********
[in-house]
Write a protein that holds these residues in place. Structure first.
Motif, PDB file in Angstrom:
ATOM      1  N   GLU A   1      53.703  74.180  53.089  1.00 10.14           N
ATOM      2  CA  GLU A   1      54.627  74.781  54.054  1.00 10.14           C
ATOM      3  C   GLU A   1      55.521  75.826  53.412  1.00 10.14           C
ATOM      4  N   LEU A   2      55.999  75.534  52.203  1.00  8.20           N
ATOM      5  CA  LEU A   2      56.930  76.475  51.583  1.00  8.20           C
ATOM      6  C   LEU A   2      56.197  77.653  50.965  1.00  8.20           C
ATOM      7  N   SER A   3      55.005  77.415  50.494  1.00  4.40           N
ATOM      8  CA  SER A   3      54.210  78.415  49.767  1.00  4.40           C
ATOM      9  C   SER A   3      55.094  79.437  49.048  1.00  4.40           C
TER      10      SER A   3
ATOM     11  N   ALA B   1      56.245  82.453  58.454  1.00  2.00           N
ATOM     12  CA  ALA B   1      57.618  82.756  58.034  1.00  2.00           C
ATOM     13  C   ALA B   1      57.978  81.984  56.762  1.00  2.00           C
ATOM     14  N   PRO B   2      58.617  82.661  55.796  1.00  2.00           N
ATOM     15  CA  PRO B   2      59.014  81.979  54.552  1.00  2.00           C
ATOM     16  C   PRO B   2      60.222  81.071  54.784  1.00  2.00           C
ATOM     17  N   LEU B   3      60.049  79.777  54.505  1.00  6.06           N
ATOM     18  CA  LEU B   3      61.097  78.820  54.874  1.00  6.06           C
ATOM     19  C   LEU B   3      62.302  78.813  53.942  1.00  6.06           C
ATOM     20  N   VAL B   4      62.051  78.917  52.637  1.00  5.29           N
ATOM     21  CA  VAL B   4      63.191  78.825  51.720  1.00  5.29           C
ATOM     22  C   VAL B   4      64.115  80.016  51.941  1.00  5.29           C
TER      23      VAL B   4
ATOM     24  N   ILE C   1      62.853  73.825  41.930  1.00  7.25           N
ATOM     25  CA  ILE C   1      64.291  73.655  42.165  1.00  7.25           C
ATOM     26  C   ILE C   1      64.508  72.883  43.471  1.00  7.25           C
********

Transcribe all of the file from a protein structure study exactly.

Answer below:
[in-house]
Write a protein that holds these residues in place. Structure first.
Motif, PDB file in Angstrom:
ATOM      1  N   GLU A   1      53.703  74.180  53.089  1.00 10.14           N
ATOM      2  CA  GLU A   1      54.627  74.781  54.054  1.00 10.14           C
ATOM      3  C   GLU A   1      55.521  75.826  53.412  1.00 10.14           C
ATOM      4  N   LEU A   2      55.999  75.534  52.203  1.00  8.20           N
ATOM      5  CA  LEU A   2      56.930  76.475  51.583  1.00  8.20           C
ATOM      6  C   LEU A   2      56.197  77.653  50.965  1.00  8.20           C
ATOM      7  N   SER A   3      55.005  77.415  50.494  1.00  4.40           N
ATOM      8  CA  SER A   3      54.210  78.415  49.767  1.00  4.40           C
ATOM      9  C   SER A   3      55.094  79.437  49.048  1.00  4.40           C
TER      10      SER A   3
ATOM     11  N   ALA B   1      56.245  82.453  58.454  1.00  2.00           N
ATOM     12  CA  ALA B   1      57.618  82.756  58.034  1.00  2.00           C
ATOM     13  C   ALA B   1      57.978  81.984  56.762  1.00  2.00           C
ATOM     14  N   PRO B   2      58.617  82.661  55.796  1.00  2.00           N
ATOM     15  CA  PRO B   2      59.014  81.979  54.552  1.00  2.00           C
ATOM     16  C   PRO B   2      60.222  81.071  54.784  1.00  2.00           C
ATOM     17  N   LEU B   3      60.049  79.777  54.505  1.00  6.06           N
ATOM     18  CA  LEU B   3      61.097  78.820  54.874  1.00  6.06           C
ATOM     19  C   LEU B   3      62.302  78.813  53.942  1.00  6.06           C
ATOM     20  N   VAL B   4      62.051  78.917  52.637  1.00  5.29           N
ATOM     21  CA  VAL B   4      63.191  78.825  51.720  1.00  5.29           C
ATOM     22  C   VAL B   4      64.115  80.016  51.941  1.00  5.29           C
TER      23      VAL B   4
ATOM     24  N   ILE C   1      62.853  73.825  41.930  1.00  7.25           N
ATOM     25  CA  ILE C   1      64.291  73.655  42.165  1.00  7.25           C
ATOM     26  C   ILE C   1      64.508  72.883  43.471  1.00  7.25           C